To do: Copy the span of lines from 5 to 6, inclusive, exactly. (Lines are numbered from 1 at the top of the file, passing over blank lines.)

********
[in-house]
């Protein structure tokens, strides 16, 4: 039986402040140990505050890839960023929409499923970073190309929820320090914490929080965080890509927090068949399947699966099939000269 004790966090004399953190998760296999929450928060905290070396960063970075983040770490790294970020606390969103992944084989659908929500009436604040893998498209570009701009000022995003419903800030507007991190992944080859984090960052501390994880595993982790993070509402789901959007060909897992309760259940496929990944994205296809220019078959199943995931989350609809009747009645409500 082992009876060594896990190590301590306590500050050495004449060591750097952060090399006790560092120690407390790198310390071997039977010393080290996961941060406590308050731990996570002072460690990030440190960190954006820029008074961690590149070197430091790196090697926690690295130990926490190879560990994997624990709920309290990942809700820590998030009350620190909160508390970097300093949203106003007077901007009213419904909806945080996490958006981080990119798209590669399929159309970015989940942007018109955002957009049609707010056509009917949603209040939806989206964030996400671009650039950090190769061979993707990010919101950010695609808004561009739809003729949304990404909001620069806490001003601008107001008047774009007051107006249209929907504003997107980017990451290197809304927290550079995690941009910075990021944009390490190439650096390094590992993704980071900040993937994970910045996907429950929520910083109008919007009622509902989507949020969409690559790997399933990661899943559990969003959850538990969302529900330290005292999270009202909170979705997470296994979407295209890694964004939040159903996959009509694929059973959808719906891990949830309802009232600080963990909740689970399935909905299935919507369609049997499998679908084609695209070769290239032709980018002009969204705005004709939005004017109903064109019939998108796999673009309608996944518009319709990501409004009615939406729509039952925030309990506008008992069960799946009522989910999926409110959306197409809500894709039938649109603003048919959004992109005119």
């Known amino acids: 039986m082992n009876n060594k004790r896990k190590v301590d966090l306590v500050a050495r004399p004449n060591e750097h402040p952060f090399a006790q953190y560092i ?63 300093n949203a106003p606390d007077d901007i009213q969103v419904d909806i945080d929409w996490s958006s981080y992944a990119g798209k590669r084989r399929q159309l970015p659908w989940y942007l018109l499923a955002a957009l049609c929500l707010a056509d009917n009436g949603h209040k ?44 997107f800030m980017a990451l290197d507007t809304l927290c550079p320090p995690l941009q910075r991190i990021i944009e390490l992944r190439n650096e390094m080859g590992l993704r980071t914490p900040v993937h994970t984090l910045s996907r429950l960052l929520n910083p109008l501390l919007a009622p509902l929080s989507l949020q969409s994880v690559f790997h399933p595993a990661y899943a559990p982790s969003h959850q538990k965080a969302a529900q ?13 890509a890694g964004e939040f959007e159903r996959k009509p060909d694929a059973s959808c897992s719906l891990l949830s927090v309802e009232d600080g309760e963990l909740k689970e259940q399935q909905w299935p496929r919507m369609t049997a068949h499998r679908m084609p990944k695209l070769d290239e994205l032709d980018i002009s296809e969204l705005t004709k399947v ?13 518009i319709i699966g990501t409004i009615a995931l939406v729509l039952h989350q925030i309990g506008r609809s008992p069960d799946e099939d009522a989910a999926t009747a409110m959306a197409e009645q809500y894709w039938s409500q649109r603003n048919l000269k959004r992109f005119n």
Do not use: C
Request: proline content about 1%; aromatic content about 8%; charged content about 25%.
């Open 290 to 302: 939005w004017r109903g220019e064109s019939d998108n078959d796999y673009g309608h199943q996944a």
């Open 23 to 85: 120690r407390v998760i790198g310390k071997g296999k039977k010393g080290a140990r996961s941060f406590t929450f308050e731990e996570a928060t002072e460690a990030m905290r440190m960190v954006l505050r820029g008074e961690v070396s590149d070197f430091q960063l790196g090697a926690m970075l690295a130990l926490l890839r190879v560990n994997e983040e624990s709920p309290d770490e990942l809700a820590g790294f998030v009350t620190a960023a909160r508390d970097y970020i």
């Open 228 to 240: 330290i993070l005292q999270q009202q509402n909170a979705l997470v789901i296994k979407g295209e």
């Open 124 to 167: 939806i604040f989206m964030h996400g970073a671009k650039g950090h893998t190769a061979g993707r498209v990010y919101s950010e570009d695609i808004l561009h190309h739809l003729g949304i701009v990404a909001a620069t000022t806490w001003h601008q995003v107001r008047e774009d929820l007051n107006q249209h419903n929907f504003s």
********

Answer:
Request: proline content about 1%; aromatic content about 8%; charged content about 25%.
């Open 290 to 302: 939005w004017r109903g220019e064109s019939d998108n078959d796999y673009g309608h199943q996944a």